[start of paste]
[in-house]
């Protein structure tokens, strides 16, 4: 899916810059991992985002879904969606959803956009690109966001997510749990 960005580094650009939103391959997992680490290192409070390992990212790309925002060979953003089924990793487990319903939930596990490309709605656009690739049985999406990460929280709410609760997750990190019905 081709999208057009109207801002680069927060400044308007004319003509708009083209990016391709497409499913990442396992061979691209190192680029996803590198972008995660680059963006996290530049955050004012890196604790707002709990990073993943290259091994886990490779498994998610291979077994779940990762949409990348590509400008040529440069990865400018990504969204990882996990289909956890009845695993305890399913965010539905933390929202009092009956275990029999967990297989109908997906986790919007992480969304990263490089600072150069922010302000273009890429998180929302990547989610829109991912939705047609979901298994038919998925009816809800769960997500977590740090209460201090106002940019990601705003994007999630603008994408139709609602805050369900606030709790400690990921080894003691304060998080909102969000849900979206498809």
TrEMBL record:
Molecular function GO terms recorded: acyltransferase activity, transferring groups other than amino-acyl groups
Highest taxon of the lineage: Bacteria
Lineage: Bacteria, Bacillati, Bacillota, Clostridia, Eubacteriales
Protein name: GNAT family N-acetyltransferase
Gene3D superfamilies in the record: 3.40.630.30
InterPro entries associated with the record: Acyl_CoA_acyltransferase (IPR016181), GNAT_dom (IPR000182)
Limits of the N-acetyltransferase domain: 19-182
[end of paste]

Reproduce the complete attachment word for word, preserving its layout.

[in-house]
């Protein structure tokens, strides 16, 4: 899916810059991992985002879904969606959803956009690109966001997510749990 960005580094650009939103391959997992680490290192409070390992990212790309925002060979953003089924990793487990319903939930596990490309709605656009690739049985999406990460929280709410609760997750990190019905 081709999208057009109207801002680069927060400044308007004319003509708009083209990016391709497409499913990442396992061979691209190192680029996803590198972008995660680059963006996290530049955050004012890196604790707002709990990073993943290259091994886990490779498994998610291979077994779940990762949409990348590509400008040529440069990865400018990504969204990882996990289909956890009845695993305890399913965010539905933390929202009092009956275990029999967990297989109908997906986790919007992480969304990263490089600072150069922010302000273009890429998180929302990547989610829109991912939705047609979901298994038919998925009816809800769960997500977590740090209460201090106002940019990601705003994007999630603008994408139709609602805050369900606030709790400690990921080894003691304060998080909102969000849900979206498809």
TrEMBL record:
Molecular function GO terms recorded: acyltransferase activity, transferring groups other than amino-acyl groups
Highest taxon of the lineage: Bacteria
Lineage: Bacteria, Bacillati, Bacillota, Clostridia, Eubacteriales
Protein name: GNAT family N-acetyltransferase
Gene3D superfamilies in the record: 3.40.630.30
InterPro entries associated with the record: Acyl_CoA_acyltransferase (IPR016181), GNAT_dom (IPR000182)
Limits of the N-acetyltransferase domain: 19-182